English Tip: Spelling Long Vowels

Long vowels

Spelling Long Vowels 

Spelling long vowels has been and will always be a permanent problem for all of us. There is no perfect way to spell long vowels in Japanese words. So people spell long vowels in different ways, which makes it confusing for everyone. 

For example, 近江(おうみ). 

See the image for the sample spellings. 

I always spell it as “Omi,” which is the most common and practical way to spell it. The best way is actually #2 which has a macron to indicate a long vowel sound. A macron is a small horizontal bar above the vowel. 

The problem with #2 is that it is troublesome to type a macron. I was unable to type it here in mixi, so I use this image to show you. Most English newspapers, magazines, and books also do not type a macron. It is too much trouble. 

Using a macron for long vowels is actually the Hepburn system. JR train stations and subway stations follow the Hepburn system so they all use macrons too. 

A macron helps us to pronounce the name more accurately. Those of us familiar with Japanese will very much appreciate macrons. So in J-E romanized dictionaries and Japanese textbooks, you may find it. 

However, to people who don’t know Japanese, a macron makes no difference. They will pronounce the word in the same way, with or without the macron. 

Since it is too troublesome (or impossible) to type a macron, some people insert an “h” to indicate long vowels like #3. For example, 近江鉄道 and 近江バス spell it “Ohmi.” 

The problem with “Ohmi” is that it can be confused with おおみ instead of おうみ. Many people use “h” to spell the double o (おお) such as 大津 (Ohtsu), 太田 (Ohta), and 大井 (Ohi). The “h” looks very awkward and it is completely unnecessary for normal English speaking. People who don’t know Japanese will not understand the difference between Otsu and Ohtsu anyway. The “h” has no real pronunciation value or indicator in English.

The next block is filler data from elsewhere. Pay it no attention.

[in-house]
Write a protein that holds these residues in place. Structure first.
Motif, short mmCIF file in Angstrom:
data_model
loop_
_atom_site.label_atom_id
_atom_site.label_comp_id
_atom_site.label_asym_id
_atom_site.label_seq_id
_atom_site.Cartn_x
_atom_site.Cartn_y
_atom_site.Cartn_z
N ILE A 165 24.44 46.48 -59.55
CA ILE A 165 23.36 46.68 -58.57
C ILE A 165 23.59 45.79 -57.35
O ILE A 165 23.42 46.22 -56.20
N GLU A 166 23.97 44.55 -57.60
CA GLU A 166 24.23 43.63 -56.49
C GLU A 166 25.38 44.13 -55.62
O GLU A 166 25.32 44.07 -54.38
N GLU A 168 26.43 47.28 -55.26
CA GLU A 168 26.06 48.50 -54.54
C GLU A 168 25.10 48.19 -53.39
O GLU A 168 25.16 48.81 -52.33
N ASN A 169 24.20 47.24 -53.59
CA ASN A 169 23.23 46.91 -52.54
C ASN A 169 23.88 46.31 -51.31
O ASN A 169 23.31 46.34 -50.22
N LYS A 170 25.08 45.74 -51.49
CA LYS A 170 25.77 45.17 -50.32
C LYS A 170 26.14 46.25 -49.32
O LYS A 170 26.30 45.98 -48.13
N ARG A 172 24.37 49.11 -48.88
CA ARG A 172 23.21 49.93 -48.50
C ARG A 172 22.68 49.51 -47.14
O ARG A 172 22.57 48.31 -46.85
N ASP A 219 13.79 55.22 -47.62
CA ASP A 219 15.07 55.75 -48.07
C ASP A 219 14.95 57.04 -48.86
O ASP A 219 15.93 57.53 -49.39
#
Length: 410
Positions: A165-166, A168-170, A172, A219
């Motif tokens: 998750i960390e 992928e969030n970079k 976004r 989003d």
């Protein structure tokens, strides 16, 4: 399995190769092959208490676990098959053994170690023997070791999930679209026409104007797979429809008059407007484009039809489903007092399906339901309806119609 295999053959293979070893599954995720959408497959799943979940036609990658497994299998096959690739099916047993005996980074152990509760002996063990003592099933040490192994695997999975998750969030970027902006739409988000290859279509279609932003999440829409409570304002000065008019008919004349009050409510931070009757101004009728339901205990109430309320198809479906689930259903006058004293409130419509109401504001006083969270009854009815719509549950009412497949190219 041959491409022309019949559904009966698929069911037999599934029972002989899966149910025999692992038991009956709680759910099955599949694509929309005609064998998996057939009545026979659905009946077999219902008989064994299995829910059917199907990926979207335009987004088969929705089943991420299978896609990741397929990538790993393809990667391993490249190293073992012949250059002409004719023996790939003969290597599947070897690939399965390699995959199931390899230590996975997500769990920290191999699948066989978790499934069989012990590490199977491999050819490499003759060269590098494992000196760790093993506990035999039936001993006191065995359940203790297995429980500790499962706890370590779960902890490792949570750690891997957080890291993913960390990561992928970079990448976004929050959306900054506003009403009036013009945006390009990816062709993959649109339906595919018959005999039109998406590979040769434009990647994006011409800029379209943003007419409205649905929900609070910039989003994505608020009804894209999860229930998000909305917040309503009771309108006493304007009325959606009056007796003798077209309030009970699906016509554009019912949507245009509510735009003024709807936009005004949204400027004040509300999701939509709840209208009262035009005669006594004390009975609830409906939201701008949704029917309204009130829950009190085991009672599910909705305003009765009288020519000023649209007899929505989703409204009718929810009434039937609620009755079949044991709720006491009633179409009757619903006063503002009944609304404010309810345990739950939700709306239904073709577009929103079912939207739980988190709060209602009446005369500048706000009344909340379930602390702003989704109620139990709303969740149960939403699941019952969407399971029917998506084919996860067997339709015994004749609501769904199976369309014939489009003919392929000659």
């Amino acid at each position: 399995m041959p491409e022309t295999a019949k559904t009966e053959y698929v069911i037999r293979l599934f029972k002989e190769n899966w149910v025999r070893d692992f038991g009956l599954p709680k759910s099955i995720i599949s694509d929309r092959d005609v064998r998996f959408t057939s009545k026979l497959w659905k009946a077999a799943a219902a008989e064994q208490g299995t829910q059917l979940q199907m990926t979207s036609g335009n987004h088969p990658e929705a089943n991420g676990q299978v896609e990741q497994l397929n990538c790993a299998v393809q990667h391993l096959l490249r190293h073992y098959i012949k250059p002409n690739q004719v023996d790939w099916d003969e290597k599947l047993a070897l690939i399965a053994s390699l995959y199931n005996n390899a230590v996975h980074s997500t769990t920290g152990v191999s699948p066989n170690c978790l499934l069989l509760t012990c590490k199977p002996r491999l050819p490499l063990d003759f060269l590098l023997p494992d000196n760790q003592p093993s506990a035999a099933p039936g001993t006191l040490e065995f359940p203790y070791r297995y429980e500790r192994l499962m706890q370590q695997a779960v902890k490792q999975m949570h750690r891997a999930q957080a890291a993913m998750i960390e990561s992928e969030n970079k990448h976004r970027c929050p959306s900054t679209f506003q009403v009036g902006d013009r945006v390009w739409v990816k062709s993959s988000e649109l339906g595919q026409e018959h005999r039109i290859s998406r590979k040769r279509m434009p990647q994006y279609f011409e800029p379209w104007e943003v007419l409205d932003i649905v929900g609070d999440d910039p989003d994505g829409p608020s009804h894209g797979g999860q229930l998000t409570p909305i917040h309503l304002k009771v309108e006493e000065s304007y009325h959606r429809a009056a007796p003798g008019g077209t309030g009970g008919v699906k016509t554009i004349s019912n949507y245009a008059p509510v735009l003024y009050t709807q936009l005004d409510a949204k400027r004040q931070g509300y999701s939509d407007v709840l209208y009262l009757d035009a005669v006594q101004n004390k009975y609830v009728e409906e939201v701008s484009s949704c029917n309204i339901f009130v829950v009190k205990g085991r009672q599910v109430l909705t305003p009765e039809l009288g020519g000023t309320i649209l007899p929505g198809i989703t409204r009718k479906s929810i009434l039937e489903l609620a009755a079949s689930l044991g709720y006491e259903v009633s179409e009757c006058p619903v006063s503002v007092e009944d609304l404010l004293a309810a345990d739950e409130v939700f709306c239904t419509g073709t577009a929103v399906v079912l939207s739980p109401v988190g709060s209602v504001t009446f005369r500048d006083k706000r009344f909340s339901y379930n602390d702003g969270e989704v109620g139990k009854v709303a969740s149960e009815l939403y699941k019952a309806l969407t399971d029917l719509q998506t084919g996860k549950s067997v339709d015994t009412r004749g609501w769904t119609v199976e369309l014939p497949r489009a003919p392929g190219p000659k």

Also remember that we always spell 大阪 as “Osaka,” not “Ohsaka.” And regarding 大井, “Ohi” will make it おひ instead of おおい. This is another reason to avoid using “h.” 

Of course, nobody spells 大津 as “Ootsu.” It looks too strange. So there is no reason to spell 近江 as “Oumi.” This is another spelling method you should avoid (except when you are teaching Japanese or typing kanji). “Oumi” will likely invite mispronunciation by someone who doesn’t know Japanese. And remember that 東京 is always “Tokyo,” not “Toukyou.” 

Also for 町, such as Aisho-cho, best to spell it “cho” and not “choh” or “chou.” 

Note also 甲賀市 (Koka), 栗東市 (Ritto), 甲良町 (Kora), 竜王町 (Ryuo), 蒲生郡 (Gamo), 余呉町 (Yogo). Be careful when you spell these place names having long vowel sounds. 

If the name of a person or company has a long vowel sound, you should check how they spell it and follow their preference. So please spell 近江鉄道 as “Ohmi Railway” and 近江バス as “Ohmi Bus.” It is their name and their preference, so you should respect it. 

When you write someone’s name in English, also check how they spell it. Maybe you can check their English 名刺. But you should always respect how a person or company spells their corporate or personal name. 

Next time you pass by 近江八幡駅 or 近江今津駅, notice the romanization of the train station name.

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